Design and constructionEdit

Trapezoidal in shape, Julliberrie's Grave is oriented on a north-northwest to south-southeast orientation.[29] As of the mid-1930s, the barrow measured 43.9 metres (144 feet) in length, with a width of 14.6 metres (48 feet) at its northern end and 12.8 metres (42 feet) at its southern end.[30] The tumulus measured 2.1 metres (7 feet) at its highest point.[31] The long barrow was once larger than this; a letter written by an antiquarian in 1703 reported that the barrow was over 54.8 metres (180 feet) in length and over 12.1 metres (40 feet) in width at its widest section.[32] A ditch encircled the southern end and sides of the tumulus and was not broken by any causeways. Whether this ditch also encircled the barrow's northern end is unknown due to the damage to that end of the monument.[33] The inclusion of an encircling ditch without breaks in it is also seen in some of the long barrows found along Britain's southern coast, in Hampshire and Dorset.[34]

No primary burials of human remains have been found in the barrow.[2] This tumulus might therefore have been an example of a long barrow that did not contain a burial; several other empty examples are known.[2] Conversely, it could have been that human remains were located in the northern end of the mound, which was later destroyed — likely by chalk quarrying — prior to any archaeological excavation.[35] It is possible that the barrow's purpose was not funerary, perhaps instead serving as a territorial marker.[36]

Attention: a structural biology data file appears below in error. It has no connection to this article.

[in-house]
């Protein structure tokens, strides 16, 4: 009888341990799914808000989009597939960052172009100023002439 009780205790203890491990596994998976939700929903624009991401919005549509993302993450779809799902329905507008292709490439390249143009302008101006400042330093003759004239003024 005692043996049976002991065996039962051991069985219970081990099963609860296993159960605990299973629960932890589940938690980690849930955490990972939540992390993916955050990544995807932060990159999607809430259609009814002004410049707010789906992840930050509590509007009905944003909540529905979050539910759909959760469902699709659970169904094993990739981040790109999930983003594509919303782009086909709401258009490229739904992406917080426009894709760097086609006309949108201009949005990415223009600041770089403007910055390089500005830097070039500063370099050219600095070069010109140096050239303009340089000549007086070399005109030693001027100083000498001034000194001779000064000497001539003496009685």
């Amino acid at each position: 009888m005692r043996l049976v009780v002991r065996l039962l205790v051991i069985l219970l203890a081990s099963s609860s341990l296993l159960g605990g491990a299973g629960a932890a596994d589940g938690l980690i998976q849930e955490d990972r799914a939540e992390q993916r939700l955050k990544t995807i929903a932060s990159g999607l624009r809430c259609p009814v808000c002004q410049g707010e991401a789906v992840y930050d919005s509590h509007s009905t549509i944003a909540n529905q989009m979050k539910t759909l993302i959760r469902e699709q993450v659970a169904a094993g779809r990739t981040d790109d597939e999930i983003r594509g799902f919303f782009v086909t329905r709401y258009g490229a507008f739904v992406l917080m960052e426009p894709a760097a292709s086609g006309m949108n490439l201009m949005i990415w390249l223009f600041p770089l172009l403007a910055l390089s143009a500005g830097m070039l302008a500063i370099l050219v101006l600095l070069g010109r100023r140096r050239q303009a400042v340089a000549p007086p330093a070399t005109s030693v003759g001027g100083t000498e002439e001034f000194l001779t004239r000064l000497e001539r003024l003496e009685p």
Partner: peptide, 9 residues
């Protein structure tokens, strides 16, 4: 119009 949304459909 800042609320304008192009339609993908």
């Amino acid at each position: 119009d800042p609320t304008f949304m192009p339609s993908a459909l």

Julliberrie's Grave has not been firmly dated,[37] and an understanding of its age relies upon circumstantial evidence.[38] However, both its U-shaped plan and its lack of burials are representative of a later form in the European long barrow tradition.[37] On the typological basis of a polished axe-head found within the barrow, the archaeologist Stuart Piggott suggested that the monument had been constructed at a late date within the Early Neolithic.[39]


Located well into the original turf-core of the southern end of the barrow was a broken polished stone-axe, discovered during the 1937 excavation of the site.[40] Given both the high status prestige of such an item and its location deep inside the barrow, various archaeologists have deemed it likely that it had been deliberately deposited into the barrow as part of a ritual act.[41] The inclusion of an axe within the monument is not unique to Julliberrie's Grave; elsewhere in Britain, axes have been found deposited inside other Early Neolithic monuments, including both long barrows and causewayed enclosures.[42] Piggott highlighted that such polished axes have also been found in the long barrows of the Netherlands, furthermore highlighting that the style of the axe found within Julliberrie's Grave was akin to that found in the Netherlands, northern Germany, and Scandinavia, thereby suggesting a link between this part of Kent and those regions during the Early Neolithic.[43] Ashbee suggested that the location of this axe reflects the existence of an axe cult that was present in both Kent and elsewhere during this period.[44]